Facts About Psychopaths
Psychopaths (from the Greek root psyche and pathos meaning “sick mind” or “suffering soul”) have always been with us, among us and, some might argue, in us. But what if they are of our own making? What if we are the parent of a psychopath–think, Leopold and Loeb (and the senseless murder of Bobby Franks), or Eric Harris, Dylan Klebold’s partner in the Columbine massacre? The uneasy truth is that it is possible we may not know our own children, that our children may be unknowable to us, may not want to be known, and sadly — may be the stranger we fear.
Even scarier is that many so-called psychopaths in fact display no signs or symptoms in early childhood— think Ted Bundy, who hid, as he did in adulthood, behind a “well-cultivated mask of normalcy.”
Truth: 1 in 100 people are psychopaths who blend into Life like cold-blooded chameleons. A good 15-20 percent of the prison population, at least 70 percent of repeat violent offenders and the significant majority of serial killers and sex offenders are psychopaths. But we already suspected this. Did you know that though they rarely seek out treatment they are also 3 times as likely to be released or paroled faster than their non-psychopathic counterparts?
The prospect of a child psychopath is almost unbearable and the parent’s loss, catastrophic. Dylan Klebold’s mother writes in her book, “A Mother’s Reckoning: Living in the Aftermath of Tragedy,” that her grief came in waves as she mourned the loss of her dead son, the dead children he murdered, and the pain of knowing she never really knew him. When asked what she would say to her son now, she wrote, “I would ask him to forgive me for being his mother and never knowing what was going on inside his head.”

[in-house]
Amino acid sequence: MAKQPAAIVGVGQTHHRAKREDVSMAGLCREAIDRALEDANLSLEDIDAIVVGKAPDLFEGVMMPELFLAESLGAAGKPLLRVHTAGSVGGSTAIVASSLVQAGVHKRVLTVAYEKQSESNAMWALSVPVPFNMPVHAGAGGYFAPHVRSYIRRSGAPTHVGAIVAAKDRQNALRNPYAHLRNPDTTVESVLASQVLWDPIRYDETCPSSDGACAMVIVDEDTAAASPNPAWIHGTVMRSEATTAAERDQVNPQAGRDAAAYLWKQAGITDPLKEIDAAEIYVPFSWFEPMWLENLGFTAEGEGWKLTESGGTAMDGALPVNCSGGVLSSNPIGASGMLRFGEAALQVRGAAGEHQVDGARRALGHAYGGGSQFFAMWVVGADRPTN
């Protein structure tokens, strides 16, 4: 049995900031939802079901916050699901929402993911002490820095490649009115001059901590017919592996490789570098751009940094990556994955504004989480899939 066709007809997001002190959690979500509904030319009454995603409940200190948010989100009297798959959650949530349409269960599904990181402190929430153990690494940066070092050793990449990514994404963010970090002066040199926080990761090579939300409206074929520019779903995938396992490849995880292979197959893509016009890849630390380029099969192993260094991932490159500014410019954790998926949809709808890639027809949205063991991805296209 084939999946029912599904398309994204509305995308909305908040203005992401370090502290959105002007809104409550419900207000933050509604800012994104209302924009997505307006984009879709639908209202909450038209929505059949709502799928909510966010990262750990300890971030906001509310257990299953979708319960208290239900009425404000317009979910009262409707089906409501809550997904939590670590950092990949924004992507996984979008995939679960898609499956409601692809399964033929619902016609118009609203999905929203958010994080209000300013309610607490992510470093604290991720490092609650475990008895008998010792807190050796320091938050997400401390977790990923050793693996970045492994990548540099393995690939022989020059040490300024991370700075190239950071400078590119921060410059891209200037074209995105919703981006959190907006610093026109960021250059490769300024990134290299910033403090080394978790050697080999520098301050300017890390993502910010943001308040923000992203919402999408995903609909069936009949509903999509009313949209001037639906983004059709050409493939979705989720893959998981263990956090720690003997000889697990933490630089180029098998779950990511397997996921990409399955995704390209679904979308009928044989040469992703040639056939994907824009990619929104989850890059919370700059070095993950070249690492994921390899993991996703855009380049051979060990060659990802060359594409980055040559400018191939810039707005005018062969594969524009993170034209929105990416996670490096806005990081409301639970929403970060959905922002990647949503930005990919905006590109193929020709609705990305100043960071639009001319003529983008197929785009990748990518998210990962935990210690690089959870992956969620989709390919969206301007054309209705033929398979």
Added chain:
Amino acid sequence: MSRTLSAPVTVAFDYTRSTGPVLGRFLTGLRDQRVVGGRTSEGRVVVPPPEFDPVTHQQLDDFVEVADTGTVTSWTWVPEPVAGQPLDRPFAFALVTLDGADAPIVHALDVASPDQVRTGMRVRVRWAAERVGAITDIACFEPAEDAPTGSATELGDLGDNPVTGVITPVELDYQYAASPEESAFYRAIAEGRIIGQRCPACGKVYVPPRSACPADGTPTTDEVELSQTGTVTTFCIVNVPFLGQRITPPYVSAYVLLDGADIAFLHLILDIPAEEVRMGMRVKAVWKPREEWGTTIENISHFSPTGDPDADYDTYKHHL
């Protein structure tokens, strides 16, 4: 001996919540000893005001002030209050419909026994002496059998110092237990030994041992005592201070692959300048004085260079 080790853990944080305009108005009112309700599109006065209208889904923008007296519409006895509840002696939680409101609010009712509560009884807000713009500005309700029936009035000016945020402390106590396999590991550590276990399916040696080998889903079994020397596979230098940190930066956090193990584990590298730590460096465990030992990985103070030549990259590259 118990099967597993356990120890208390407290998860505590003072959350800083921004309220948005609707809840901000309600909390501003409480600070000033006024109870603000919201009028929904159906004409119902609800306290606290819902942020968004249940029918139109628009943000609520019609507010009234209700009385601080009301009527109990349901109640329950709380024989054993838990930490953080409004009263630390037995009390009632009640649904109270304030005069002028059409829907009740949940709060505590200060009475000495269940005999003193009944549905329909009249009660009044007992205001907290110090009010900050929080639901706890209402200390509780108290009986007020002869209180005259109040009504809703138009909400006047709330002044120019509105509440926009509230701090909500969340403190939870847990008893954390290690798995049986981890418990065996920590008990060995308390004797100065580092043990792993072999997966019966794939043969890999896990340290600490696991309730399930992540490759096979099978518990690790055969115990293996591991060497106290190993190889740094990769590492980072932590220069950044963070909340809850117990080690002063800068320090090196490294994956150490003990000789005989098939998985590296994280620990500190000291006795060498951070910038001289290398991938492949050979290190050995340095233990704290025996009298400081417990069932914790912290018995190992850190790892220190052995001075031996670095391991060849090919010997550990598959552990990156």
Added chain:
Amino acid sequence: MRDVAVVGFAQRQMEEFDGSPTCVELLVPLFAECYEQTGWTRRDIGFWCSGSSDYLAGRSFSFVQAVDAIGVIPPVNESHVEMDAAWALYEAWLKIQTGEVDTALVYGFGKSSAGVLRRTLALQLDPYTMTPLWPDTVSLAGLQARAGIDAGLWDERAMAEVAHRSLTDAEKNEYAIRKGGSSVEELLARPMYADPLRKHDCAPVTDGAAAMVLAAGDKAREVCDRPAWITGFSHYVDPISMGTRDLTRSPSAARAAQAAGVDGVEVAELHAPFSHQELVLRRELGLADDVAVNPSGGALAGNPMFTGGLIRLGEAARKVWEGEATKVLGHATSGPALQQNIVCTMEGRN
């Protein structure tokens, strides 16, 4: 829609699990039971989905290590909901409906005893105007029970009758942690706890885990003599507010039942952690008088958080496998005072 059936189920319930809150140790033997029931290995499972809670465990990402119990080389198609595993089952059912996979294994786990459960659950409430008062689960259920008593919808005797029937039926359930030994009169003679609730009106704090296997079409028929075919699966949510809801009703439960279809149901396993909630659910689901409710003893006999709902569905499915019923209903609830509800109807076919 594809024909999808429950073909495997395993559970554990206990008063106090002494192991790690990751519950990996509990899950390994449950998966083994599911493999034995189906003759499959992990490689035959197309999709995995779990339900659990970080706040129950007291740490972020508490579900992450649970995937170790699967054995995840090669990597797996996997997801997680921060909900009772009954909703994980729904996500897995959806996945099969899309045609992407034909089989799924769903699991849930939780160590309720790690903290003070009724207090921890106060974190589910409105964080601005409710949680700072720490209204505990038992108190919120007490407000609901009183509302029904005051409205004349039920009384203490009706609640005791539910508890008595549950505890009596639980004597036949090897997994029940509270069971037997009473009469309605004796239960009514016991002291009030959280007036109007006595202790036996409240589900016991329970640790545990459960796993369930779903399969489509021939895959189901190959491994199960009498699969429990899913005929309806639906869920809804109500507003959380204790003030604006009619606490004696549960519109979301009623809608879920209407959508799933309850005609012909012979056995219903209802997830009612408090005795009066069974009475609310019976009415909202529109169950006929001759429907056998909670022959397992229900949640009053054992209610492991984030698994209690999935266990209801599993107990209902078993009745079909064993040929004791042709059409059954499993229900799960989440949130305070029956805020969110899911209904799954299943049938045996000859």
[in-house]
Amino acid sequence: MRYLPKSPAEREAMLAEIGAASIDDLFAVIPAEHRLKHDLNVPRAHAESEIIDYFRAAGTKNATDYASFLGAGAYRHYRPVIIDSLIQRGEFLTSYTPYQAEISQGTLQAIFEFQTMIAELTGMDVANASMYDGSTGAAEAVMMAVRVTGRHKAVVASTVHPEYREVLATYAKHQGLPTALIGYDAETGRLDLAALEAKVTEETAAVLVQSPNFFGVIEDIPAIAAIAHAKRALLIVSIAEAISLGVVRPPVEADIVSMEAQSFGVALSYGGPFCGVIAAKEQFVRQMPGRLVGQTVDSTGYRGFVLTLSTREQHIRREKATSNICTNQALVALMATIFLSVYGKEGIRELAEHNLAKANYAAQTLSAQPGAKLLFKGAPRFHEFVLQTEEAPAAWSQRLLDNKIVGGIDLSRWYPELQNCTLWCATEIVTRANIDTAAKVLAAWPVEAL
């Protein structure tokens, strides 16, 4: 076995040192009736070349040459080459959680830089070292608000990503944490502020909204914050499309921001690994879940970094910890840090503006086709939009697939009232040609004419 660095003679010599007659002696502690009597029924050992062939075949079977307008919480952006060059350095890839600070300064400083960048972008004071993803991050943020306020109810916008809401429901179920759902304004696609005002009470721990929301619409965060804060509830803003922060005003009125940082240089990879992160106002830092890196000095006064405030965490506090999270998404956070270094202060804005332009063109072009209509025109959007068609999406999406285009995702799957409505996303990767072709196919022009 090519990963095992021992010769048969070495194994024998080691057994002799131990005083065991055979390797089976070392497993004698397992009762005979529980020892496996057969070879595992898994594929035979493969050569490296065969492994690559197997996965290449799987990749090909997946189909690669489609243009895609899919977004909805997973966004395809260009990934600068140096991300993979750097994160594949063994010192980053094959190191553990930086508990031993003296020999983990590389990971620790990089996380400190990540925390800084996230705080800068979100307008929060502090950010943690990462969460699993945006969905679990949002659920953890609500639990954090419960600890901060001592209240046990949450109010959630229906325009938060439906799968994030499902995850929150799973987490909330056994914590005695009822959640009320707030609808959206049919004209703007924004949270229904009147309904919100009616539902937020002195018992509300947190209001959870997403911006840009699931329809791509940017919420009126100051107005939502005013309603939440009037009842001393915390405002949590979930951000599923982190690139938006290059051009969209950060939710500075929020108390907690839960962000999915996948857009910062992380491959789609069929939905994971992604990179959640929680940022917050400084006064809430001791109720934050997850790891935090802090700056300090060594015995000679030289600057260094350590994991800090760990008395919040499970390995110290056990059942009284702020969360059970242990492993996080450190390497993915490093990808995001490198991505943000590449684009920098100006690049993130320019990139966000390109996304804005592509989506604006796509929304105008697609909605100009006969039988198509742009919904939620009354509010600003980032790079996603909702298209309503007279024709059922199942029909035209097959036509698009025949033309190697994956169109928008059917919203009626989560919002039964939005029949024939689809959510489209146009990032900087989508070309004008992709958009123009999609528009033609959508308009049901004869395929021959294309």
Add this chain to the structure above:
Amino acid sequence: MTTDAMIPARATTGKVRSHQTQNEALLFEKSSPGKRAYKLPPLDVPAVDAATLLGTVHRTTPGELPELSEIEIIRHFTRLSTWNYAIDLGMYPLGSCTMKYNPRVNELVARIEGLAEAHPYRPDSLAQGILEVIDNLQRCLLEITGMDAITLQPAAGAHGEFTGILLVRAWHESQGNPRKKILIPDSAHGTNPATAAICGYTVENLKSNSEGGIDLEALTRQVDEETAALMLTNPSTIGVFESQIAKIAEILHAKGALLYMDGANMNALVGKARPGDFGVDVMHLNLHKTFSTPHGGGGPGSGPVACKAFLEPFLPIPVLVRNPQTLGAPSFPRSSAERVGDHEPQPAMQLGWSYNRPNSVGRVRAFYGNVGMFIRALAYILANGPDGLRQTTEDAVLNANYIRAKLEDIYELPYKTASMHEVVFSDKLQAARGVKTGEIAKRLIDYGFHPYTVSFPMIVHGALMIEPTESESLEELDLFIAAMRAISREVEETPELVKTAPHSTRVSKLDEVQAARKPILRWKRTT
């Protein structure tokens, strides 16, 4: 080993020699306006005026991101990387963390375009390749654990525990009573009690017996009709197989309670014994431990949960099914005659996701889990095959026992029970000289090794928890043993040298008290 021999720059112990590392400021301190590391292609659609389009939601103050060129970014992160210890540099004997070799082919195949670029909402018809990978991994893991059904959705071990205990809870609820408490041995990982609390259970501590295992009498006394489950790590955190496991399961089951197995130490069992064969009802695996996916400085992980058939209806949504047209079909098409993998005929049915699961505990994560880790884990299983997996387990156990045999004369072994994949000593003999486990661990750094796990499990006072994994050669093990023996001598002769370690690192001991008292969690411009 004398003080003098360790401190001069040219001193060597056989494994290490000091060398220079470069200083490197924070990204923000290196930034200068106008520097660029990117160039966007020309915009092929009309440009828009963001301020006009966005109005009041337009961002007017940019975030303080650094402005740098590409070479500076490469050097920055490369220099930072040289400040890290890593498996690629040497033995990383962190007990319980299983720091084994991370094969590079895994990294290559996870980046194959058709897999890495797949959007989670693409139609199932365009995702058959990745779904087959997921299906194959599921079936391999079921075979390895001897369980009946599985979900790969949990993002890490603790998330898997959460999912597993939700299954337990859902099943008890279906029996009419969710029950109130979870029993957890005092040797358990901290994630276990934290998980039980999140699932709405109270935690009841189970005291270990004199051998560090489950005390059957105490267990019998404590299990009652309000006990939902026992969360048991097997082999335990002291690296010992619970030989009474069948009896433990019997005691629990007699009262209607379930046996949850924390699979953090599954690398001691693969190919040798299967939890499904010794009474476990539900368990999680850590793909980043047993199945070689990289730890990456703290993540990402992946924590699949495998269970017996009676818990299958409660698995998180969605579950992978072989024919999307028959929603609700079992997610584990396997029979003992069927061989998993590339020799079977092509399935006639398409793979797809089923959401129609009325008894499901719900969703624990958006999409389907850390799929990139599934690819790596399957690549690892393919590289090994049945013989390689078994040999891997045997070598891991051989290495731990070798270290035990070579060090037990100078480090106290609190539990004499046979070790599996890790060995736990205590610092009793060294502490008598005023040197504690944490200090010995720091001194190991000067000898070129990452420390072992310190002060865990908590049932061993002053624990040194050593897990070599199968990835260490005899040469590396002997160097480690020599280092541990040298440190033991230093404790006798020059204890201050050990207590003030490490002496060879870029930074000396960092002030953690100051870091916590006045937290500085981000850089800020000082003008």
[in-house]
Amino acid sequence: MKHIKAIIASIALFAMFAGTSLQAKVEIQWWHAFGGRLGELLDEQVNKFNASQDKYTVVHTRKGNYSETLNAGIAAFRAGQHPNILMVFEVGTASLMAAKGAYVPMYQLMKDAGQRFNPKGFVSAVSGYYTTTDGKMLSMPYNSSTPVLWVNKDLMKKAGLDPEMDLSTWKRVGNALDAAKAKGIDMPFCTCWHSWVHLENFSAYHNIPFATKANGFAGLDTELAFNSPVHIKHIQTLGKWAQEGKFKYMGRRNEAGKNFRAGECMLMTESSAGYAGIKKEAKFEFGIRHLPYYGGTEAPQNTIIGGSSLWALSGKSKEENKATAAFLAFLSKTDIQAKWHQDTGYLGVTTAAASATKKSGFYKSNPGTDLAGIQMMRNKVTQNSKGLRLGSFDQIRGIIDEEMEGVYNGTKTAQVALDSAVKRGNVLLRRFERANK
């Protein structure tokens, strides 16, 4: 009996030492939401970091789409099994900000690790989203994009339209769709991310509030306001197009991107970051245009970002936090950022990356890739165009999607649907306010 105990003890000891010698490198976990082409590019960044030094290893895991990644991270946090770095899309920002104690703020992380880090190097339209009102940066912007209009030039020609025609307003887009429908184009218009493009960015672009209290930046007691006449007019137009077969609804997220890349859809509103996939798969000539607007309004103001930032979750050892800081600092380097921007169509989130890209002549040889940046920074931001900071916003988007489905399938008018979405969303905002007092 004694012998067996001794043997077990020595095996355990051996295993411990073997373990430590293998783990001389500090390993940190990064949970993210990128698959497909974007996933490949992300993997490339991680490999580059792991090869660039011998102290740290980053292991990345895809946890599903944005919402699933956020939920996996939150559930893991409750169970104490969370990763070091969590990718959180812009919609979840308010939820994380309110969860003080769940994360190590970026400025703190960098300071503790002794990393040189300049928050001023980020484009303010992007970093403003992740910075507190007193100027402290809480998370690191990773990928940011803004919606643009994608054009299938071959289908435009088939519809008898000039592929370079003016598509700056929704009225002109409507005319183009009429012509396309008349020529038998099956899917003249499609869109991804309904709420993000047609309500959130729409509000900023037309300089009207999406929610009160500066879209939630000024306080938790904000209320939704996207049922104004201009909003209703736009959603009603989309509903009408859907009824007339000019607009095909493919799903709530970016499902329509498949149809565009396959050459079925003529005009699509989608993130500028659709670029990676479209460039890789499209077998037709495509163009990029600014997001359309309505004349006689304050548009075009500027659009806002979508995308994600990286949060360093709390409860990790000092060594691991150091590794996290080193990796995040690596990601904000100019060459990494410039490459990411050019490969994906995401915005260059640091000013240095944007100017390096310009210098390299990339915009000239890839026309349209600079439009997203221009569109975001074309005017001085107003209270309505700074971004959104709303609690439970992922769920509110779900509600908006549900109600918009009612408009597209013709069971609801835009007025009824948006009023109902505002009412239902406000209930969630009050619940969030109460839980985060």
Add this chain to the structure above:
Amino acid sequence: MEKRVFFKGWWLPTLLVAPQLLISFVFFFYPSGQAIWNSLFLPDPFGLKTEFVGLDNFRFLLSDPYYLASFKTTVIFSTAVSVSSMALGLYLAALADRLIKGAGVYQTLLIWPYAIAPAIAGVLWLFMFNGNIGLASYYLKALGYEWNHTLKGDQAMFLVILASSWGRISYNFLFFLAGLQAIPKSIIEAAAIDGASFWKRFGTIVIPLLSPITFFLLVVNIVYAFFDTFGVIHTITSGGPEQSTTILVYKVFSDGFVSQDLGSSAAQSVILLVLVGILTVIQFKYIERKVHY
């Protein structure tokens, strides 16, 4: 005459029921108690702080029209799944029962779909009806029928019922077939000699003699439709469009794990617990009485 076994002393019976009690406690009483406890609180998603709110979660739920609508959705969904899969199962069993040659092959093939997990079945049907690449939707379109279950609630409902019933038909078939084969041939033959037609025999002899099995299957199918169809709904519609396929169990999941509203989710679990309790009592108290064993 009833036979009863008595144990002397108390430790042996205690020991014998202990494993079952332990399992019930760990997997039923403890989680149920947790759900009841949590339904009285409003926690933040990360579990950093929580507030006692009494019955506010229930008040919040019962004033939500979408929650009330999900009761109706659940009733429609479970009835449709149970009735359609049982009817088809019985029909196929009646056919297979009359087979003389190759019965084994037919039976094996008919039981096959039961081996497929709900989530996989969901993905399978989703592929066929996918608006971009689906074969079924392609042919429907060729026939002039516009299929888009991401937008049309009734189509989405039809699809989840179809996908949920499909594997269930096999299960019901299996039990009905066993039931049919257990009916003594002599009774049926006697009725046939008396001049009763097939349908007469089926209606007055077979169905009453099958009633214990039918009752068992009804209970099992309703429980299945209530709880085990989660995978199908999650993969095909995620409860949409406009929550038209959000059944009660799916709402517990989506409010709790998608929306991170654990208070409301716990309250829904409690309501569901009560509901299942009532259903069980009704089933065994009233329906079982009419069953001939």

The brains of psychopaths are atypical; hallmark traits and behaviors that make them chillingly unique include (from the Youth Version of the Psychopathy Checklist):
- Superficial charm
- Grandiose sense of self-worth
- Pathological lying
- Stimulation Seeking
- Lack of remorse
- Emotional shallowness
- Poor Anger Control
- Callousness and lack of empathy
- Unwillingness to accept responsibility for actions
- A tendency to boredom
- A parasitic lifestyle
- A lack of realistic long-term goals
- Behavioral problems in early life
- Juvenile delinquency
- Promiscuous sexual behavior
- Lack goals
- Unstable Interpersonal Relationships
- Criminal Versatility
But frighteningly, children with these traits also display a “perfect mask of genuine sanity, a flawless surface.” And so, we may never know until it’s too late who our children really are.
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